Came across this passage in Deuteronomy (29:2-4) the other day:

    2 Now Moses called all Israel and said to them: “You have seen all that
 the Lord did before your eyes in the land of Egypt, to Pharaoh and to all
 his servants and to all his land— 3 the great trials which your eyes have
 seen, the signs, and those great wonders. 4 Yet the Lord has not given you
 a heart to perceive and eyes to see and ears to hear, to this very day.

I've never heard a discussion on this. Verse 4 struck me and put me in mind of the much discussed passage from Isaiah (6:8-10):

8 Also I heard the voice of the Lord, saying:
“Whom shall I send,
And who will go for Us?”
Then I said, “Here am I! Send me.”

9 And He said, “Go, and tell this people:
‘Keep on hearing, but do not understand;
Keep on seeing, but do not perceive.’
10 “Make the heart of this people dull,
And their ears heavy,
And shut their eyes;
Lest they see with their eyes,
And hear with their ears,
And understand with their heart,
And return and be healed.”

Despite all the commentary I've heard on this passage, I've never really understood it. But anyway, my question: Do we see in vv. 9 and 10 an echo of Deut. 29:4? Would the Deuteronomy verse be recalled in the mind of a Biblically literate person of Isaiah's time who heard or read Isaiah here? Or is the heart/ears/eyes language just sort of common speech for that day? Or is this just pure coincidence? Thanks.

  • Since Deuteronomy was actually written after Isaiah the flow would be in the other direction. May 11 '16 at 21:18
  • OK. Then I could ask the question in the other direction. For my part, I will entertain the possibility of some later editing etc., but I continue to believe that the substance of Deuteronomy came first. May 11 '16 at 21:31
  • 4
    Good question. BTW It is the belief of modern scholars that Deuteronomy was written after Isaiah. Scripture itself testifies that it was written through Moses and therefore before Isaiah. May 12 '16 at 2:13
  • 4
    Yeah, the jury's still out on an essentially early or late authoring of the majority of Deuteronomy's content, final form aside - I'd argue that the text generally conforms its structure to the covenant or treaty form of the mid-second millennium B.C. (the approximate time of Moses). I'm surprised @DickHarfield would just throw in his own personal conclusion like that without any padding.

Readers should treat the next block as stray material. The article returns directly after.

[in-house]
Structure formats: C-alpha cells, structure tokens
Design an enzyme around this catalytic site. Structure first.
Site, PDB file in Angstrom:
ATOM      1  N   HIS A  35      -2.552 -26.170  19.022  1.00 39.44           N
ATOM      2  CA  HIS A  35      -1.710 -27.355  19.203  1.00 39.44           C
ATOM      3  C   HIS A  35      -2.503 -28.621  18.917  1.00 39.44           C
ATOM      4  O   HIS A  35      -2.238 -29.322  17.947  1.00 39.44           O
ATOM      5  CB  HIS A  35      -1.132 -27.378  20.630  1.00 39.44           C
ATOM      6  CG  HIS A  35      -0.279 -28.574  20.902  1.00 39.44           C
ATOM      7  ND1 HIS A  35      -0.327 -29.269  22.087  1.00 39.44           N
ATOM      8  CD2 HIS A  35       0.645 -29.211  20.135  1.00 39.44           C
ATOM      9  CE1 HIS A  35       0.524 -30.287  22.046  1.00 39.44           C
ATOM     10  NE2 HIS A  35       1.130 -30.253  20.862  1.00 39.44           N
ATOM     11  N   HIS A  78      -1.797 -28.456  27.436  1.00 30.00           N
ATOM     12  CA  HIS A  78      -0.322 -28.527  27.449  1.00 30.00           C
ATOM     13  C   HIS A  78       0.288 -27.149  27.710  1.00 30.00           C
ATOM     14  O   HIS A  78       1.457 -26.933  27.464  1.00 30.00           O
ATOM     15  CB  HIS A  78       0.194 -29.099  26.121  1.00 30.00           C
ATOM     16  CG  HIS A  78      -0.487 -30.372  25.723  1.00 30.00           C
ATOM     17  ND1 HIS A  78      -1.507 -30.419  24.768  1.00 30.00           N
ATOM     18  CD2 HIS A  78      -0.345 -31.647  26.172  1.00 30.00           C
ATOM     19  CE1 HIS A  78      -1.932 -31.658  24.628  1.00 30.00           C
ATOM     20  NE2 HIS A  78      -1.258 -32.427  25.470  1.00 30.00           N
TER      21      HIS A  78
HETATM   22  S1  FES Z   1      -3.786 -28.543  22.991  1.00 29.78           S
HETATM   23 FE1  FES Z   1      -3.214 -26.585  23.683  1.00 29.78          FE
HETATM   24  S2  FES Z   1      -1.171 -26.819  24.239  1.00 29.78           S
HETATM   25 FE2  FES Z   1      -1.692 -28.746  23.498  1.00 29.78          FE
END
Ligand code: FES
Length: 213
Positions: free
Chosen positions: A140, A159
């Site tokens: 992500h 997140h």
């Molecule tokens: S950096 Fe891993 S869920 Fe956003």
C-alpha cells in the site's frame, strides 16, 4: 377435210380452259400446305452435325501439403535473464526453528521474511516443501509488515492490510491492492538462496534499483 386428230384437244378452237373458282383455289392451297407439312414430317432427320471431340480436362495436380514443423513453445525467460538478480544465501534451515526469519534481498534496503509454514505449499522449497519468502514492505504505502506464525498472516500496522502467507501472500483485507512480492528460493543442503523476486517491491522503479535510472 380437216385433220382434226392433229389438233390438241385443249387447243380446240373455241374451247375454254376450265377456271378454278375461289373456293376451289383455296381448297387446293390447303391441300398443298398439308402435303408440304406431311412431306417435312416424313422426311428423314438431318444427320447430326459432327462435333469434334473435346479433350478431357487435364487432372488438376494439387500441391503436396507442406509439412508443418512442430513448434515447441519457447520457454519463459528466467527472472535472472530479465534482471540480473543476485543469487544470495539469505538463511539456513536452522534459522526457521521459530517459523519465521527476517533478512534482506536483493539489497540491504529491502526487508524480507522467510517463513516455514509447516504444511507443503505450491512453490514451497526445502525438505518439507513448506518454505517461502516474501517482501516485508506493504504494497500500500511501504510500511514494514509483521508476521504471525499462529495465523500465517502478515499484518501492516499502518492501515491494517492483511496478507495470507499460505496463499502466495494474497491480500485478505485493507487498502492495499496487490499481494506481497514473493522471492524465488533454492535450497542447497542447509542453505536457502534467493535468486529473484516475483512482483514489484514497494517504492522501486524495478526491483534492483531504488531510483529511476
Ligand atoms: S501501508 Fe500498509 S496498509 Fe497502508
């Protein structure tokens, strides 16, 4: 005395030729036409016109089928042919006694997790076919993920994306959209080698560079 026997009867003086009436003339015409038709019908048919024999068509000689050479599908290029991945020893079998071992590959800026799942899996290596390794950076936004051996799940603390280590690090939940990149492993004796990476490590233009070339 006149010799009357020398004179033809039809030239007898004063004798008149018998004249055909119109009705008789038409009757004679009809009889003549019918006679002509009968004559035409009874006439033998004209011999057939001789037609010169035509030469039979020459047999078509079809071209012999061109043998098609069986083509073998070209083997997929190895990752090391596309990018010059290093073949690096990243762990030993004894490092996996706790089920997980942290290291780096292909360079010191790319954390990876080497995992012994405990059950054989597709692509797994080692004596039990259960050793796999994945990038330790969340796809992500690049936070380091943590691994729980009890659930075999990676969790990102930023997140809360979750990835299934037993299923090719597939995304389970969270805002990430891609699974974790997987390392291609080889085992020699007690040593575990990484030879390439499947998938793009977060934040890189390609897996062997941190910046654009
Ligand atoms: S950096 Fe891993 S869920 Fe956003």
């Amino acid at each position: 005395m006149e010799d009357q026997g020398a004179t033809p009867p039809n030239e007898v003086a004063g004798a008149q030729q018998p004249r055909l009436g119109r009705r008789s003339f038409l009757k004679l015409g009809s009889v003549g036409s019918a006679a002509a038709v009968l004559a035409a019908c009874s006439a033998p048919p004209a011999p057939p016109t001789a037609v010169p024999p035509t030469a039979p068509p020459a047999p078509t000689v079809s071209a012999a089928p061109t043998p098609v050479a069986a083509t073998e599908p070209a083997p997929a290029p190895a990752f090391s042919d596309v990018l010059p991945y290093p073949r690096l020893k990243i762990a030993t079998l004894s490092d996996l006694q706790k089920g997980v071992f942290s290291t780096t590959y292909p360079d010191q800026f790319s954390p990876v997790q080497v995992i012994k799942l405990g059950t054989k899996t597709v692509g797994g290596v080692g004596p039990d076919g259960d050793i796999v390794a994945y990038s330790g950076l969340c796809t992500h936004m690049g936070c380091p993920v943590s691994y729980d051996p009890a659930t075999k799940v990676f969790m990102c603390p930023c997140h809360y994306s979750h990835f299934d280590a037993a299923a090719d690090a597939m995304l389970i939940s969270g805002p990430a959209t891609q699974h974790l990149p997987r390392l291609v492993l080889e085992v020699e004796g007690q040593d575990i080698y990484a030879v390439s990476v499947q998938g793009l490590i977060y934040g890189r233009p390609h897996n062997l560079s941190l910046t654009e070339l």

– Steve Taylor
    May 12 '16 at 9:05

Whether or not the two passages are directly referring to one another or not is unknown, but their style is almost identical. The pattern here is to first see, and then hear, then understand (or not) and then be healed (or destroyed). The verses 8-10 need not necessarily be a direct parallel of Deuteronomy, since they're already a direct parallel of Isaiah's own experience just several verses earlier (though not in the exact same order):

5 ...for mine eyes have seen the King, the Lord of hosts.

8 Also I heard the voice of the Lord...

7 ...and thine iniquity is taken away, and thy sin purged.

Isaiah is then anxious to extend a similar expiatory experience to his people (with whom he had very closely identified in verse 5 - almost personally assuming guilt for their sins) with an enthusiastic "Here am I; send me!"

But right off we can tell the Lord is displeased, and that the experience of the people will contrast rather than compare to Isaiah's experience. The Lord uses the alienating pronoun "this" or "these" people in verse 9 rather than the possessive "my", repudiating His covenant relationship.

Then comes the strange wording in verses 9 & 10. Although these verses may seem an imperative to intentionally impair the people's understanding, they are instead a prediction of the inevitable rejection of Isaiah's ministry and God's word, as if to say "Go preach, and watch e.g. the heart of this people become dull." In this way Isaiah (and his death at the hand of King Manasseh) becomes the vehicle by which the Lord justifies his condemnation of Israel. Compare the calling of Ezekiel (Ezekiel 2 - especially vs 5).

This exemplifies the duality of God's covenant relationship with Israel in which His word (as manifest through the testimony of His holy prophets), like a two-edge sword (Heb 4:12, Rev 1:16) serves as either a testament in defense of Israel if they are righteous, or else to their condemnation if they are wicked and reject the prophets.

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